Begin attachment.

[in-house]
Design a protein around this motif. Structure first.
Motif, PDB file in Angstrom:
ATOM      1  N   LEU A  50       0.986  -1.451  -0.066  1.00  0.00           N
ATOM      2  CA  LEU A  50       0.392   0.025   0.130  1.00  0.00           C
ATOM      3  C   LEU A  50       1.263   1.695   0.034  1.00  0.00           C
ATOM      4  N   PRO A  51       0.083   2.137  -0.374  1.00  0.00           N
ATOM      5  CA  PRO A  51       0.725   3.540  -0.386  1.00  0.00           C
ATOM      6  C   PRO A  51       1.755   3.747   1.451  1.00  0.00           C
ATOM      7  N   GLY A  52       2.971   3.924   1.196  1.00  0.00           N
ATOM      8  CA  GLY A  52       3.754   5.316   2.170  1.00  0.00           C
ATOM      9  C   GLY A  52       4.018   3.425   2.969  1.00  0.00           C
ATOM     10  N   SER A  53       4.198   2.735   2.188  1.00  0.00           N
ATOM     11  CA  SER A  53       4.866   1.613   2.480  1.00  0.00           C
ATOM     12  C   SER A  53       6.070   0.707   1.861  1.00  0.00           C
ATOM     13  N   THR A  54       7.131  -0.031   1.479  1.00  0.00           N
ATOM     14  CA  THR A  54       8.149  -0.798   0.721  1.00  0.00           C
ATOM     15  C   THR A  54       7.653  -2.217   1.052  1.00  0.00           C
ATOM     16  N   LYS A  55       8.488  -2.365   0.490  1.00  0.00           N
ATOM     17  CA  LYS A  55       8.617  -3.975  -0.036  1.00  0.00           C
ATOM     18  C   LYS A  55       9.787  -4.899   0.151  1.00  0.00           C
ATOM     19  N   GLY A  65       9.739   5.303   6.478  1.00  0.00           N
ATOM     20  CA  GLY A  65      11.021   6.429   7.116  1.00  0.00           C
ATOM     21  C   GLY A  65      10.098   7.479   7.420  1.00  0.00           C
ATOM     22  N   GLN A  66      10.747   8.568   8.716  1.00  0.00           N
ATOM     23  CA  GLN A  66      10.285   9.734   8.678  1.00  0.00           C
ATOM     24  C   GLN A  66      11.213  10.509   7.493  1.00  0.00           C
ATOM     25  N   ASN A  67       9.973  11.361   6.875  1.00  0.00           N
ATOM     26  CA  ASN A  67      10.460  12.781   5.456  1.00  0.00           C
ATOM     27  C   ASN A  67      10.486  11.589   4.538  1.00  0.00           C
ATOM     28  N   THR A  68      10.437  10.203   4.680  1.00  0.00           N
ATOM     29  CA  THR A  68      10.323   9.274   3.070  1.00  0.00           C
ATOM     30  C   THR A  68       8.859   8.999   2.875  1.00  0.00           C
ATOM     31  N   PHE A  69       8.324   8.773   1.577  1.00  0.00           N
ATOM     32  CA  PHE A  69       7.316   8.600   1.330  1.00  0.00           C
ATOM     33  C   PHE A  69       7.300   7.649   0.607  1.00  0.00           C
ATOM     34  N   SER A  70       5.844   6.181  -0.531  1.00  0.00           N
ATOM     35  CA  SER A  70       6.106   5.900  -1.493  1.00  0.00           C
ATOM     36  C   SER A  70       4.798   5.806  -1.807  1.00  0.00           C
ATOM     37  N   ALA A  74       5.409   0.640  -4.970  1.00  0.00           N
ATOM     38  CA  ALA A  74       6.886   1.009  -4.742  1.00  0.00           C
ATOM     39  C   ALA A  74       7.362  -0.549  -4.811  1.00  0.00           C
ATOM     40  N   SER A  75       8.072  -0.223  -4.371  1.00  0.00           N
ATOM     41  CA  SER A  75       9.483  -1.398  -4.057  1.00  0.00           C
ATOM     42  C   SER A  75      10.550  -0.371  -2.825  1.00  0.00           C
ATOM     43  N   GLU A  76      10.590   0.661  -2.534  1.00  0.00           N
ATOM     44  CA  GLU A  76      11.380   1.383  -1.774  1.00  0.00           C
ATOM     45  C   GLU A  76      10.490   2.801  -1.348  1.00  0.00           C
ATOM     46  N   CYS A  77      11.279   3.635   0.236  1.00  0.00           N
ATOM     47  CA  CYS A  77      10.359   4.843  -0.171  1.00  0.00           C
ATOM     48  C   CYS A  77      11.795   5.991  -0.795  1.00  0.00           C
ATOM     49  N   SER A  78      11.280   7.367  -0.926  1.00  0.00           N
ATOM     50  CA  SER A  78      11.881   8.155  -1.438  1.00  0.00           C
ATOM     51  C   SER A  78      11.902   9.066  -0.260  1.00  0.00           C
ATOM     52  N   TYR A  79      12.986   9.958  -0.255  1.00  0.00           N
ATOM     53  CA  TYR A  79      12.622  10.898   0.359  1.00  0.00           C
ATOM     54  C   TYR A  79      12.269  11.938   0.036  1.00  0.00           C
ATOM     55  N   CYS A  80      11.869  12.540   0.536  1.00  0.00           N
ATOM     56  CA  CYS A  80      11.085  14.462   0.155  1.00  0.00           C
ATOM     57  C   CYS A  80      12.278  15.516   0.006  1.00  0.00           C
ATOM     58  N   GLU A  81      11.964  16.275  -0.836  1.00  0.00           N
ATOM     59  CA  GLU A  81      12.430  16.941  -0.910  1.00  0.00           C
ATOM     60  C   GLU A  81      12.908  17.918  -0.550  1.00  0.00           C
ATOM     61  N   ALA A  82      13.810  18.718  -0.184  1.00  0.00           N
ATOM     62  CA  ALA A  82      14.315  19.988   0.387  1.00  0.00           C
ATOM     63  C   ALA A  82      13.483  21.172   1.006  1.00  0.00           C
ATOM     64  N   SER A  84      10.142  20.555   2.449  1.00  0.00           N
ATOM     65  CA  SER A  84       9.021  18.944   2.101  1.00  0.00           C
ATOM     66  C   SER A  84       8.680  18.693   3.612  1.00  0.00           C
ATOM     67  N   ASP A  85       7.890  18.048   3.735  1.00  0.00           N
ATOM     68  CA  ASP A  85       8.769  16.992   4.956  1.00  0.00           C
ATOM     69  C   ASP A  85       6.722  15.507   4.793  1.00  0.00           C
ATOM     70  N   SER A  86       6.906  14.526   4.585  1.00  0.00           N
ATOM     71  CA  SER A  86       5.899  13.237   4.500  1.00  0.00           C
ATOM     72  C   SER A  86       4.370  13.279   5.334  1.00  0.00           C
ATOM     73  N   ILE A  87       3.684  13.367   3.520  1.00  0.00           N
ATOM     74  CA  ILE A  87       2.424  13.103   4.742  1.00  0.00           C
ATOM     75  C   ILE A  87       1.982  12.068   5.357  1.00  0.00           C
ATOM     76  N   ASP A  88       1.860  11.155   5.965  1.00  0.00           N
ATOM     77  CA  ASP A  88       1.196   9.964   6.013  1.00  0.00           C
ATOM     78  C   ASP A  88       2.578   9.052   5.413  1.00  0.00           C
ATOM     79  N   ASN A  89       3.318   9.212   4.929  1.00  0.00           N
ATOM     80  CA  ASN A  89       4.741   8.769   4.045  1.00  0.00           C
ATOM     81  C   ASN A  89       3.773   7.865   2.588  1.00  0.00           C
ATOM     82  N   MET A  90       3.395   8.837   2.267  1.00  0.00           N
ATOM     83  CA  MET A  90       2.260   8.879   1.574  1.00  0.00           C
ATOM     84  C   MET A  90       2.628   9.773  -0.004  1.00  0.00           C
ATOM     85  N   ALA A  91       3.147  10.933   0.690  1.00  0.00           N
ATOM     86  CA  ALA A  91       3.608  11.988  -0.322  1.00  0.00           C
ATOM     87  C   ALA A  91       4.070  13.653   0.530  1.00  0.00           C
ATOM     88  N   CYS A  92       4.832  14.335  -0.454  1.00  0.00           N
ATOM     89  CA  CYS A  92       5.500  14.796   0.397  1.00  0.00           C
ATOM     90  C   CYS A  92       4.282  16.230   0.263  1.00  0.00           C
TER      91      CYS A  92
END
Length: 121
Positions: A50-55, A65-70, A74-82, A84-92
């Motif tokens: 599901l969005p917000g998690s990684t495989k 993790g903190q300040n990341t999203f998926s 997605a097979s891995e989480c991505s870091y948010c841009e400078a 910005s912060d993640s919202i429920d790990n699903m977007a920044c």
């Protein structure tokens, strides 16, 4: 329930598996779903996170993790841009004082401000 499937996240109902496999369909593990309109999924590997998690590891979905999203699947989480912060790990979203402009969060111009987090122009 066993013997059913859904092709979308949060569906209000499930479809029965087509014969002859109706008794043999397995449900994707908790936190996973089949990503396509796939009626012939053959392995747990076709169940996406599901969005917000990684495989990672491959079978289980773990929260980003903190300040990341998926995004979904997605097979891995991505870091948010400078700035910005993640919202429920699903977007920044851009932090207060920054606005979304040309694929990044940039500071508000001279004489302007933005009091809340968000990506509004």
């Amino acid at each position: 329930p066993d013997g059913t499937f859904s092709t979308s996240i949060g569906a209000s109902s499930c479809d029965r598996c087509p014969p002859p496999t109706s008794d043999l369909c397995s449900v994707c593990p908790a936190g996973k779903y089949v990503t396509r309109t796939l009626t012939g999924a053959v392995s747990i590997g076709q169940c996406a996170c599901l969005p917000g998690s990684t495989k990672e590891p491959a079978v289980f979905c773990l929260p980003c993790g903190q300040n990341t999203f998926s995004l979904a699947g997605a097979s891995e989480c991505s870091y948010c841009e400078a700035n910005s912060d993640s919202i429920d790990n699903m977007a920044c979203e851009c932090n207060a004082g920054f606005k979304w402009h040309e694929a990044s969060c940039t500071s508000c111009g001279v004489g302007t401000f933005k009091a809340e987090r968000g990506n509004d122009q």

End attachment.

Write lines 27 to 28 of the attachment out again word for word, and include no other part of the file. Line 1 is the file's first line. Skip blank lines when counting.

ATOM     24  C   GLN A  66      11.213  10.509   7.493  1.00  0.00           C
ATOM     25  N   ASN A  67       9.973  11.361   6.875  1.00  0.00           N